Case Analysis: Management and Performance Appraisals
Managers implement performance and management appraisals in order to enhance the work capacity of their employees. Improvement of productivity becomes a key target for administration during appraisal of the staff. In the problem identification chapter, the role of managers in achieving effective evaluation procedure of employees is discussed. Among the measures that one should undertake during the process are adequate interview preparation, establishing the cause and effect linkage between the strengths and weaknesses of their subordinates, and determination of their actions tangible outcomes. These practices in management appraisals performance should be based on established parameters as well as satisfactory communication approaches. Recommendations for improvement of performance appraisal include long-term engagement of subordinates and implementation of measures to support their pursuit of aspiration, encouraging autonomy that subordinates approach, setting clear goals and objectives before the appraisals, and development of a strategic plan to give timely feedback of the appraisals outcomes to employees. The implementation process should be inclusive, ambitious, and well-supported so that the goals of the appraisal are achieved.
Key words: performance appraisal, communication, feedback, goals, objectives
Management and performance appraisals are key duties of managers in any organization. However, these two important functions are not mutually exclusive in the sense that one can be done at the expense of the other. They must be implemented alongside the others in order to improve productivity and achieve financial goals of the particular organization. Subordinates do a huge part of work, consequently, they have to demonstrate initiative and leadership in order to complete the tasks assigned to them (Gabarro & Hill, 2002). The managerial role is basically to coordinate activities, and part of this lies in the area of evaluating performance and diagnosing its problems, coaching, and providing feedback on appraisal. These functions are, in essence, meant to identify the strengths, weaknesses, and gray areas of the subordinates working and empower them to perform better. This paper is a description of the managerial practices used during the execution and implementation of the mentioned functions.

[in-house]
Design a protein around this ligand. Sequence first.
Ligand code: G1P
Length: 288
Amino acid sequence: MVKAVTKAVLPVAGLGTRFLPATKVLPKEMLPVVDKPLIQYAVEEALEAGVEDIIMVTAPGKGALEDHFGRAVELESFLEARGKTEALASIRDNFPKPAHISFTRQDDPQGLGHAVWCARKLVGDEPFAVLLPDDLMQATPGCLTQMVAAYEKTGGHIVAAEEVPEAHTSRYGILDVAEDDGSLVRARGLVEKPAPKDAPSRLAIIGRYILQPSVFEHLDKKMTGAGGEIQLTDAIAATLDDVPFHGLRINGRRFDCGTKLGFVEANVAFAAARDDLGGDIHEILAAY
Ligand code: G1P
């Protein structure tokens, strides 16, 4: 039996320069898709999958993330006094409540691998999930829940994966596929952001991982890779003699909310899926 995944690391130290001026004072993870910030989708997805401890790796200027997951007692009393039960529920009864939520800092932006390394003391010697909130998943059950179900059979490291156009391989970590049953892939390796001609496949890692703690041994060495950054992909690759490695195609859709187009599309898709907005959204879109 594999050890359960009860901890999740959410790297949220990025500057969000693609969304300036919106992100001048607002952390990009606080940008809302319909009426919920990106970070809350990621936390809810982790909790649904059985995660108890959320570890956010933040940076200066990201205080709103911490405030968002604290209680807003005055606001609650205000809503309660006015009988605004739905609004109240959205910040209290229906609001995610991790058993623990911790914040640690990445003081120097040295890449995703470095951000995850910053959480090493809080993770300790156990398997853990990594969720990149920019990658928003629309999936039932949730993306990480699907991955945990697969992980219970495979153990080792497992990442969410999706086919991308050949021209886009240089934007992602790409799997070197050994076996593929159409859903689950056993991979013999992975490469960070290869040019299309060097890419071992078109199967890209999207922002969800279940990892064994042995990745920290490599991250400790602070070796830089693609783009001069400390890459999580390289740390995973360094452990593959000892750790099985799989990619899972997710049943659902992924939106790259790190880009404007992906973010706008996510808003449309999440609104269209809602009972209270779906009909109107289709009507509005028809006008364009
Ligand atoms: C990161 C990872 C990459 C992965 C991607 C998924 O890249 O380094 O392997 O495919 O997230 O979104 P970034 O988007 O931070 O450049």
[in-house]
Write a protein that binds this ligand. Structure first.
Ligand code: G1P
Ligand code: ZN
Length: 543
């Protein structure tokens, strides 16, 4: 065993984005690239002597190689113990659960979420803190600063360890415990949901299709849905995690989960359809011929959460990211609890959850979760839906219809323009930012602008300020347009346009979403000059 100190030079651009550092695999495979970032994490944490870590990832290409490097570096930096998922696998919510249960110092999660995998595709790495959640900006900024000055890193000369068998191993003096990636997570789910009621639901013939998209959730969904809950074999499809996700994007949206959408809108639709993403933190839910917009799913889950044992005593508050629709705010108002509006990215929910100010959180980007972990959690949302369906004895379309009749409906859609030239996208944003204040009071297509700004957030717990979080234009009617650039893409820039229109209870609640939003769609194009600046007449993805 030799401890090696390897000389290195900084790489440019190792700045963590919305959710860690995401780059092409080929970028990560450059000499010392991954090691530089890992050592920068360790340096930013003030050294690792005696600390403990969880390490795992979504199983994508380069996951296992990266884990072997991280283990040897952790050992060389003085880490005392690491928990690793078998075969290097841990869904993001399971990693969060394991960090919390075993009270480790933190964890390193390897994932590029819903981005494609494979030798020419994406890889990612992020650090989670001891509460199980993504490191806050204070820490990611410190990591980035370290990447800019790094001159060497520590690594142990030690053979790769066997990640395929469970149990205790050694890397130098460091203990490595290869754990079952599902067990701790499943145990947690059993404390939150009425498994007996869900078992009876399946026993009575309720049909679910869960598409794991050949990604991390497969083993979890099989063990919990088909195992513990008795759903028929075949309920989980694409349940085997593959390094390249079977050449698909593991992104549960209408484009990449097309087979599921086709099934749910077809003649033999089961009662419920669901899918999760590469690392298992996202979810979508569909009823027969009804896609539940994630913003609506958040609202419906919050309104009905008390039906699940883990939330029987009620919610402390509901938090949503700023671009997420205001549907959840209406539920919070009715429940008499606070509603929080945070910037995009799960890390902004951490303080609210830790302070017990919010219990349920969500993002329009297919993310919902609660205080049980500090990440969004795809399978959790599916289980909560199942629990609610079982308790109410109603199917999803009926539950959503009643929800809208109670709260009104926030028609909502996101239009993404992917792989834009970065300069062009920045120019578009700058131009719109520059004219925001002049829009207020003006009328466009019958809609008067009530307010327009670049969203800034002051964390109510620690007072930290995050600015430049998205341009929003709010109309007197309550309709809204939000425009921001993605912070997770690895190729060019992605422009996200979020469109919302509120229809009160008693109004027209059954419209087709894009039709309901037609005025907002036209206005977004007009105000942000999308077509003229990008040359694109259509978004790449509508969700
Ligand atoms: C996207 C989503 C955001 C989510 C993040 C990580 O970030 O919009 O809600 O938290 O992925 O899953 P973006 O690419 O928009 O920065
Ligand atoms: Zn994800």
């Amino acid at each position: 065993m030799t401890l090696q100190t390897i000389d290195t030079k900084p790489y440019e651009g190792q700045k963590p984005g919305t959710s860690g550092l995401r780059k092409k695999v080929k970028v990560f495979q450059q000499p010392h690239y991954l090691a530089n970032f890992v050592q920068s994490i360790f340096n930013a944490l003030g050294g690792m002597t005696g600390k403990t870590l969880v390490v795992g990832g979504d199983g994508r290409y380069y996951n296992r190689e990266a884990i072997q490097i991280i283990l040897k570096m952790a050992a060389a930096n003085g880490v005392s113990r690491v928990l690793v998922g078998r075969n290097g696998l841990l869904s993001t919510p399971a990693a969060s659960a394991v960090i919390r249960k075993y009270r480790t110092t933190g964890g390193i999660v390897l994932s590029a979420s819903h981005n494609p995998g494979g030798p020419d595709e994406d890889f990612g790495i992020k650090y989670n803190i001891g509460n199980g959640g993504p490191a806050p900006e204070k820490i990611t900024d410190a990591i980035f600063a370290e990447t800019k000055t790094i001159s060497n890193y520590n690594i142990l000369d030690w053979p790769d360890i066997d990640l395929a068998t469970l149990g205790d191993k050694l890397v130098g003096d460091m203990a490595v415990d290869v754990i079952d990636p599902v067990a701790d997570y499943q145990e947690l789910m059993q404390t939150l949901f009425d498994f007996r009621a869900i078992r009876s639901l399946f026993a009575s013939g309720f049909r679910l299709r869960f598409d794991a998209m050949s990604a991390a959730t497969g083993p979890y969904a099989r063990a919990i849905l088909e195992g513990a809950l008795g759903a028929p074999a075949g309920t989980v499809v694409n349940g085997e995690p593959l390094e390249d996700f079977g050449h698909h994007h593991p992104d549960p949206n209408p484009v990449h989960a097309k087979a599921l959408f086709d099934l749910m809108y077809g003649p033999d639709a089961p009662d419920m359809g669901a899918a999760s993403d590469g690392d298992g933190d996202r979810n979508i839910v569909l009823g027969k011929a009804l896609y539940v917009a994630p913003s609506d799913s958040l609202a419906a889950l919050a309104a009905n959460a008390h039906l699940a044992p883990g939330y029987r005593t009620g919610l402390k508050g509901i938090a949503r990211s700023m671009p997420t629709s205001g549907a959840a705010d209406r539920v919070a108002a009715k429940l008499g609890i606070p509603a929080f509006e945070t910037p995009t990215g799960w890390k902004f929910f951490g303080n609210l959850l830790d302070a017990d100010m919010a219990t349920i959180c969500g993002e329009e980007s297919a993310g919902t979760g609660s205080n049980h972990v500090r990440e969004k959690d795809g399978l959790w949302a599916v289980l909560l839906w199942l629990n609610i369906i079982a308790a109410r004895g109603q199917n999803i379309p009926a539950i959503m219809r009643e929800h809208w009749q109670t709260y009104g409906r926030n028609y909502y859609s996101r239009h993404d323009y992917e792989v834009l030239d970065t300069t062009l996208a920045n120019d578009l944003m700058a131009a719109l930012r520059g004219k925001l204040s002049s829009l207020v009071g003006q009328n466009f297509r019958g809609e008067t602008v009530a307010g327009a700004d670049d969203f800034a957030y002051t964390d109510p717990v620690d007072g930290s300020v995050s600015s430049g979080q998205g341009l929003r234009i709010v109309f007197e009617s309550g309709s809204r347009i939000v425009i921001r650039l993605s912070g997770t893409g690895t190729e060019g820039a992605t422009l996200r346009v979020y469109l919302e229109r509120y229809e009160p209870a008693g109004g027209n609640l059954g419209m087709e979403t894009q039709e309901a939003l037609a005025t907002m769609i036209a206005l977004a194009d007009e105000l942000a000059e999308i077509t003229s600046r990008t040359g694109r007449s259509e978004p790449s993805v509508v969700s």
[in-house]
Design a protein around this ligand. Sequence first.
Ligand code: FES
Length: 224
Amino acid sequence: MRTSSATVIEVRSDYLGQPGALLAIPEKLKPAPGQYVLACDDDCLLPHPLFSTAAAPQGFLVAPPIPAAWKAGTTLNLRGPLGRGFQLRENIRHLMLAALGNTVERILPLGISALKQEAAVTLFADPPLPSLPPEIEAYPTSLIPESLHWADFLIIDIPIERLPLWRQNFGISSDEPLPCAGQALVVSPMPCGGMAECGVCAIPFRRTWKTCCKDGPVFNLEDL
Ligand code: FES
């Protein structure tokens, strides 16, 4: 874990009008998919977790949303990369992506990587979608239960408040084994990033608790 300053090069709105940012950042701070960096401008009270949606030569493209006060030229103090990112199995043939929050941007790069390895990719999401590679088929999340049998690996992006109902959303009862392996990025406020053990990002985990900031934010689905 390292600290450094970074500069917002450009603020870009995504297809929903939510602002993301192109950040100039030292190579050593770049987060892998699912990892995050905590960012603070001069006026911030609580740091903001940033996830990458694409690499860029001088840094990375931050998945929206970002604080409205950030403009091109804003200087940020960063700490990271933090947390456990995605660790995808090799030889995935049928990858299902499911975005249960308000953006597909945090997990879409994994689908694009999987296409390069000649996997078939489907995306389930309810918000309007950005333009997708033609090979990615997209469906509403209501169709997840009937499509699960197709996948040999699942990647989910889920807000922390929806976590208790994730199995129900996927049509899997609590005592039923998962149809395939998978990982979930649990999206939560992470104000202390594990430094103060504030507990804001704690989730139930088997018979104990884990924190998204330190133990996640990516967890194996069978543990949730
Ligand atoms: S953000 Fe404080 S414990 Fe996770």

Most managers do not understand the principles of performance appraisal and instead consider it actions and reactions to subordinates activities. Such responses from management can be problematic to the achievement of the stated goals. Rather than being reactionary when it comes to appraising of subordinates, it is advisable to plan on how the process will be implemented and which actions should be taken in order to enhance the quality of performance and achieve satisfaction on the part of the employees (DeCenzo, Robbins, & Verhulst, 2015). For this reason, managers, who engage in performance appraisals, need to prepare adequately for interviews to estimate their subordinates, establish the cause and effect linkage between the strengths and weaknesses of the employees personal characteristics, determine the tangible outcomes of their actions, and also make an effort to support the subordinates in their responsibilities rather than just direct their actions.